File this under No Good Deed Goes Unpunished: A Buffalo home owner sued her neighbors for cleaning up her littered patio without her permission. She said they trespassed and discriminated against her. A federal judge disagreed, and forced her to pay $107,000 in attorney fees.
Think I’ll skip that neighborhood’s next block party.
I’ve been a home owner for 27 years and can think of no greater hell than waging war with neighbors. The idea of scurrying to collect my mail so I’ll avoid an angry couple next door makes me want to down a Xanax.
So what do I do? I usually bend over backwards to keep the peace.
Once, I hacked off the tops of my sunflowers because my neighbor complained they blocked the sun from shining on her tomatoes.
For the past two summers, I’ve allowed a twangy lute to drown out summer crickets because another neighbor adds a mid-eastern soundtrack to his nightly pool parties.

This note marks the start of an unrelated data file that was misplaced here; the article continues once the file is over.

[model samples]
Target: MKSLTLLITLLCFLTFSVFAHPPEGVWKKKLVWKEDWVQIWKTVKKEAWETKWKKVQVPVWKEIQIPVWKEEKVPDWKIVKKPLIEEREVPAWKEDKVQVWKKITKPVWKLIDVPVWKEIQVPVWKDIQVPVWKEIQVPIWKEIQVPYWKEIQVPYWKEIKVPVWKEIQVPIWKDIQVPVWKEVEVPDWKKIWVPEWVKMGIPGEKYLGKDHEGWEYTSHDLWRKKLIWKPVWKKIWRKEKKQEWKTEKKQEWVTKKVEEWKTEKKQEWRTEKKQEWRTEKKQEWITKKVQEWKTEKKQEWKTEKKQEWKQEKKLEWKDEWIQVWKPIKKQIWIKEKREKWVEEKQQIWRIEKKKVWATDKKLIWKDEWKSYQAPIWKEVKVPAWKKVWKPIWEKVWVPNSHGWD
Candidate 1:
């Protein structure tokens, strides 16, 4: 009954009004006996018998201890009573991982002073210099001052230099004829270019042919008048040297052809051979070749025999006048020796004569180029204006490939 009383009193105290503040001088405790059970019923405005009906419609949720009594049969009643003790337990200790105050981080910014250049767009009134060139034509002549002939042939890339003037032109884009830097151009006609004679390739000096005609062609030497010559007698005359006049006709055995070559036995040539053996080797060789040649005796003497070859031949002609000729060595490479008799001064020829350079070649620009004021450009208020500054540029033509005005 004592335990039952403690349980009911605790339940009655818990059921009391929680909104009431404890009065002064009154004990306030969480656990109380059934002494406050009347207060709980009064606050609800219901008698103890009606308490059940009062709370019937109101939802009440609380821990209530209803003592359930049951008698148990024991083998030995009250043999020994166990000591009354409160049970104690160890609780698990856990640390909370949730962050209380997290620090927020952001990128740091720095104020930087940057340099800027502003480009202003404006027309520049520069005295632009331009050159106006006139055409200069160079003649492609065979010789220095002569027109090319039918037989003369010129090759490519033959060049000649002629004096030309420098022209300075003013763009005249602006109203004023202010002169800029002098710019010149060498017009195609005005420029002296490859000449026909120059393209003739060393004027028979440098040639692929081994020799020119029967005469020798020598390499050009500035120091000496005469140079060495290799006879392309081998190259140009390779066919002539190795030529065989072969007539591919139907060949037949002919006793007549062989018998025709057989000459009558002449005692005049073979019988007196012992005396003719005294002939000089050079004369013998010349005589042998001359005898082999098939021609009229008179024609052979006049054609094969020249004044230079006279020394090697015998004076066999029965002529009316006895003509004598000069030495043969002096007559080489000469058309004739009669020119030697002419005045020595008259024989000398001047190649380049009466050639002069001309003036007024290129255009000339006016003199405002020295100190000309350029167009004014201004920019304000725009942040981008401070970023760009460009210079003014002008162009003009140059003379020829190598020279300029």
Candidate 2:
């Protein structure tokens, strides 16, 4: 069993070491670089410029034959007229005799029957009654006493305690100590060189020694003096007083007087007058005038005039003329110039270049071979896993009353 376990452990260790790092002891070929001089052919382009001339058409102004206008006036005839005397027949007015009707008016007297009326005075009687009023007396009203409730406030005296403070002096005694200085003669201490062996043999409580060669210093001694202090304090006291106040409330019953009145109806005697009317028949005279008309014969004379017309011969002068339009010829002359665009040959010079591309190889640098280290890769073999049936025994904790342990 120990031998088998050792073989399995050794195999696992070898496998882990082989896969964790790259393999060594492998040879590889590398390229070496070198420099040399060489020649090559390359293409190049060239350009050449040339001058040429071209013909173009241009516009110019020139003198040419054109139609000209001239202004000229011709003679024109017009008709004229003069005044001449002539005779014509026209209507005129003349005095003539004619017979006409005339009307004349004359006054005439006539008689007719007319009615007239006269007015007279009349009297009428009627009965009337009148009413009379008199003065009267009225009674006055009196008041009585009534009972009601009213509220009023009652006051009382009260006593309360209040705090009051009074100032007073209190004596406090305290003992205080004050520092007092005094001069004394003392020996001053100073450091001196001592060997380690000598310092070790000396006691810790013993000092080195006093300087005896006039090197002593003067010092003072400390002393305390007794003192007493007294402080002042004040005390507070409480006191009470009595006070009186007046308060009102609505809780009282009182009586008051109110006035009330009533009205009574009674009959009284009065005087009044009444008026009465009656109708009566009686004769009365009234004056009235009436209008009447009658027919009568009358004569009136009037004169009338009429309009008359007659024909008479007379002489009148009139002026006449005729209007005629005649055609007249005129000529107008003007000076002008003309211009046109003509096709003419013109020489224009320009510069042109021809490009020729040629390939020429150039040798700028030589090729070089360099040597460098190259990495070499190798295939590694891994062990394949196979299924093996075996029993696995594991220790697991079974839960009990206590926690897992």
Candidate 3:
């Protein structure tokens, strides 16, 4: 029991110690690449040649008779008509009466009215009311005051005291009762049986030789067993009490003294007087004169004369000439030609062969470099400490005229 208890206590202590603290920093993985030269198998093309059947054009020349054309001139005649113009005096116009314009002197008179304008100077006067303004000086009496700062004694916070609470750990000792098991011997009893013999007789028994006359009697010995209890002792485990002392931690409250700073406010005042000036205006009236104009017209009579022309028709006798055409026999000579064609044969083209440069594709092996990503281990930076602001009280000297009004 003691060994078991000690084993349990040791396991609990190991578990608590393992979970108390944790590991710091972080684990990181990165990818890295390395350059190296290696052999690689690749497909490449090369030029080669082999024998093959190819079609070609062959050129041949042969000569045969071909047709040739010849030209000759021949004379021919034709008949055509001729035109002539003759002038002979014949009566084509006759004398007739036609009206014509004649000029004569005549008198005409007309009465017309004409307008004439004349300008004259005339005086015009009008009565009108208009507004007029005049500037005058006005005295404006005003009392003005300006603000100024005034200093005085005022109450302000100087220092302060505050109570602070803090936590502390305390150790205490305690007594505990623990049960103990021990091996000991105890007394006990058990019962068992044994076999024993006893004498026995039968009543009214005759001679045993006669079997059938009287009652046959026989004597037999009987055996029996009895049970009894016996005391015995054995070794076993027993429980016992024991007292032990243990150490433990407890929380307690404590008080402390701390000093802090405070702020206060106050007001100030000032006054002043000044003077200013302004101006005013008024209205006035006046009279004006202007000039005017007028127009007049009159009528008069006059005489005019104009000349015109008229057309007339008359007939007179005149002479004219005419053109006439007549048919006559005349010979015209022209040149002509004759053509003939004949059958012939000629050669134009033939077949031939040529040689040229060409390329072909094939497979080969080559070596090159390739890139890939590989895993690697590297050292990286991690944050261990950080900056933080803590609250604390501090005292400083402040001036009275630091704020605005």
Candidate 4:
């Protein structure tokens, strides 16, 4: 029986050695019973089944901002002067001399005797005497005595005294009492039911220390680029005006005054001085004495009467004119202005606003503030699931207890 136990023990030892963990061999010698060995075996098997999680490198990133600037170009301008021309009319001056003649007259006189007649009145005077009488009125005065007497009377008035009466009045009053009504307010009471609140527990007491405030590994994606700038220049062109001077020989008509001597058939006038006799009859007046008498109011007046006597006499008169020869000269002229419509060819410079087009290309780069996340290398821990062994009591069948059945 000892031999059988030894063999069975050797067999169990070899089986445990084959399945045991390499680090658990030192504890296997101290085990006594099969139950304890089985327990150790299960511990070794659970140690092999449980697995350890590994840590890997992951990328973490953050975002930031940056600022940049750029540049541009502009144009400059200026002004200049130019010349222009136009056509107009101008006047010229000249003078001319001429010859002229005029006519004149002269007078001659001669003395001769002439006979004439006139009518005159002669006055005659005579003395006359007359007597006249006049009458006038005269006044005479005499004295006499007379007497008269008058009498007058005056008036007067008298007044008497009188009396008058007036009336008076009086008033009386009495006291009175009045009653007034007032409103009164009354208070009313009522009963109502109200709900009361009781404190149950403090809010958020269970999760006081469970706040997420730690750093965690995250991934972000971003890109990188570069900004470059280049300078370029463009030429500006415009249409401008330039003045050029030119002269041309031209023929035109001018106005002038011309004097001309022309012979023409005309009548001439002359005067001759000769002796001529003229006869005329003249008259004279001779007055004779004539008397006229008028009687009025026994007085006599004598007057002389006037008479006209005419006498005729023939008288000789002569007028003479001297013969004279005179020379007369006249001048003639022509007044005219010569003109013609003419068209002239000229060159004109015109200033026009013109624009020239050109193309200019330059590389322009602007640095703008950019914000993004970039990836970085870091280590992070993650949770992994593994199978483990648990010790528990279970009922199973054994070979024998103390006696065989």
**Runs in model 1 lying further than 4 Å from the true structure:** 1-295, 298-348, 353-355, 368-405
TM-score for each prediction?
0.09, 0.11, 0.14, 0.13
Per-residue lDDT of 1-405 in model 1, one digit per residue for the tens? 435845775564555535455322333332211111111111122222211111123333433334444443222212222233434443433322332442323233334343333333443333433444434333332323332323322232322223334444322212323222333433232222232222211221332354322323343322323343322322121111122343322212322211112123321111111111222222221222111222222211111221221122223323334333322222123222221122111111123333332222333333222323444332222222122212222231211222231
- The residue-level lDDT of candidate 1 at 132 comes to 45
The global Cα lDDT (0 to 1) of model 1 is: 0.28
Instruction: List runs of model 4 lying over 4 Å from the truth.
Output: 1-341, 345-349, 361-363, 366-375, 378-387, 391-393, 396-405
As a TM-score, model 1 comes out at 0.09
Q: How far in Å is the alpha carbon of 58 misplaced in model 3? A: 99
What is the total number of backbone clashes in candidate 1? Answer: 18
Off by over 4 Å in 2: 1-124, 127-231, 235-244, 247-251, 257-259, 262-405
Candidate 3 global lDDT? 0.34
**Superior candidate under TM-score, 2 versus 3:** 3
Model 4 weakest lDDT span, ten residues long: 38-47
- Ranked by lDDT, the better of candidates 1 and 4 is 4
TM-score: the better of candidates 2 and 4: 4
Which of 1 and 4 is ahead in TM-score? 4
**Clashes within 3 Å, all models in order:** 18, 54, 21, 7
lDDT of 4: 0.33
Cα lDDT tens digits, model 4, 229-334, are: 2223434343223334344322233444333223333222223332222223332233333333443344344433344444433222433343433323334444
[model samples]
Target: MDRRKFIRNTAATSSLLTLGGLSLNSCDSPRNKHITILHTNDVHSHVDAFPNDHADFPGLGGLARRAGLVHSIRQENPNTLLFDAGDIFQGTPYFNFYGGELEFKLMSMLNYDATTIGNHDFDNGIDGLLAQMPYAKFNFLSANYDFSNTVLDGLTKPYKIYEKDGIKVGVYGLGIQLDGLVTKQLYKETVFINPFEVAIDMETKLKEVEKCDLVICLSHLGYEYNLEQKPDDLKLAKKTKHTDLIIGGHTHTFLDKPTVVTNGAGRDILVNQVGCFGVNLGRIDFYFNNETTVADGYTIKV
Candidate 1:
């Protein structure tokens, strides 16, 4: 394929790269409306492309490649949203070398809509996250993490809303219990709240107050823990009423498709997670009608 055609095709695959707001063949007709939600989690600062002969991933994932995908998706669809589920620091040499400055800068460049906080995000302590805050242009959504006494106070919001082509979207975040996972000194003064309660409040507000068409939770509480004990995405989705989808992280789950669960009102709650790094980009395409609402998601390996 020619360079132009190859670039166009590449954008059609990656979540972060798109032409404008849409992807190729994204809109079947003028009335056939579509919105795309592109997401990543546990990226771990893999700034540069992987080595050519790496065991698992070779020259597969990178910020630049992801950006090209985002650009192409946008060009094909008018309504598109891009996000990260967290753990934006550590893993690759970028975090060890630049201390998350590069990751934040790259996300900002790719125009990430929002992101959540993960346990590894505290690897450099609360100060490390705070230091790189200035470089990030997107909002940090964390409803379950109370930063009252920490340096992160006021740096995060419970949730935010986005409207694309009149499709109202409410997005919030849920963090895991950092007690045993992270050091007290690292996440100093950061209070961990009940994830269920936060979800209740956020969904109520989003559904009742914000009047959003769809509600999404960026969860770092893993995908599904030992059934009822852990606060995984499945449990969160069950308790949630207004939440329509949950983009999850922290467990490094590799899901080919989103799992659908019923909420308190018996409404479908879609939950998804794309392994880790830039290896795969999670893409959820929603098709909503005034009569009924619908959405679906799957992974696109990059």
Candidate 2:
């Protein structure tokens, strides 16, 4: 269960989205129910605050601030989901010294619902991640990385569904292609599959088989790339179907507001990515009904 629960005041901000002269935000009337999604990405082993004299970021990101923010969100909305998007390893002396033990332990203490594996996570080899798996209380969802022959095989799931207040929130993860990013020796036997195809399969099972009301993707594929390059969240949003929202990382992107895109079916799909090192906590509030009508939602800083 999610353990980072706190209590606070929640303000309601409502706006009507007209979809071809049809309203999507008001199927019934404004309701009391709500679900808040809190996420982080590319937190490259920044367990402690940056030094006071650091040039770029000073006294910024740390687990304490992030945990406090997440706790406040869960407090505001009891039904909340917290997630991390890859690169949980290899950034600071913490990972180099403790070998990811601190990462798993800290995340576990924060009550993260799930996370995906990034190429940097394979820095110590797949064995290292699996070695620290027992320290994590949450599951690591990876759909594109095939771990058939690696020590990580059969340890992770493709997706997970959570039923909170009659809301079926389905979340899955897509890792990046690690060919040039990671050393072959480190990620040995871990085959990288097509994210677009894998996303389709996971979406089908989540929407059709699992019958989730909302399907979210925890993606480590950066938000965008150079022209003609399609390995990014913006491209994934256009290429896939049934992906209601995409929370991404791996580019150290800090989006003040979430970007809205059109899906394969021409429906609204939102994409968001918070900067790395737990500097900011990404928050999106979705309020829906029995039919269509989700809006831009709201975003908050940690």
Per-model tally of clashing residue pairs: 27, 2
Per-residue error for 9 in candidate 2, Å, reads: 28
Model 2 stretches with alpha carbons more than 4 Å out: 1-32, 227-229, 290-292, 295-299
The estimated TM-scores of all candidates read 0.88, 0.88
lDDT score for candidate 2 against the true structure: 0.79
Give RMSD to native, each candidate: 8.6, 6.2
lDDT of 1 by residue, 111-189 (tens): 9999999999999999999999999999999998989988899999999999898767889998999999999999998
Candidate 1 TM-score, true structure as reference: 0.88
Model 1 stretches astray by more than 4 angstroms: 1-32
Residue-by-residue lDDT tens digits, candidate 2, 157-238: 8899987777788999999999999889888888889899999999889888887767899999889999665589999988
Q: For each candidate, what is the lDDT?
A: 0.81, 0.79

And I let it go when the couple across the street snuck into my yard and pruned my willow because they thought it blocked traffic sight lines around the corner.
But I may be in the minority. These days, it seems like neighbor feuds are the rule, not the exception.
- Former Seattle Mariners first basemen John Olerud finally won a long, unhappy battle with the minister next door to remove a Chinese pine that obstructed Olerud’s lake and mountain views. The neighbors had been great friends, and it seems a crying shame they let a pine tree rip them apart.
- Sick of escalating fights over loud reggae music, a Tampa judge sentenced two feuding neighbors to monthly potluck dinners together. Maybe breaking bread will stop the fights: If it were me, I’d bring a taste tester before I bit into the tuna casserole.
- Neighbors complained when a “starving artist” in East Hampton, N.Y., invited any and all to throw a pint of paint on his house. The artist wanted a free paint job: What he got was angry neighbors worried about property values.
Can’t we all just get along, or at least get some perspective?
I’m not saying hack off sunflowers to avoid a fight — that just worked for me, and my flower-loving neighbor felt guilty for years. But some honest communication, or perhaps a little mediation, could keep your front yard from becoming a battleground.
Have you ever confronted a neighbor? How’d it turn out?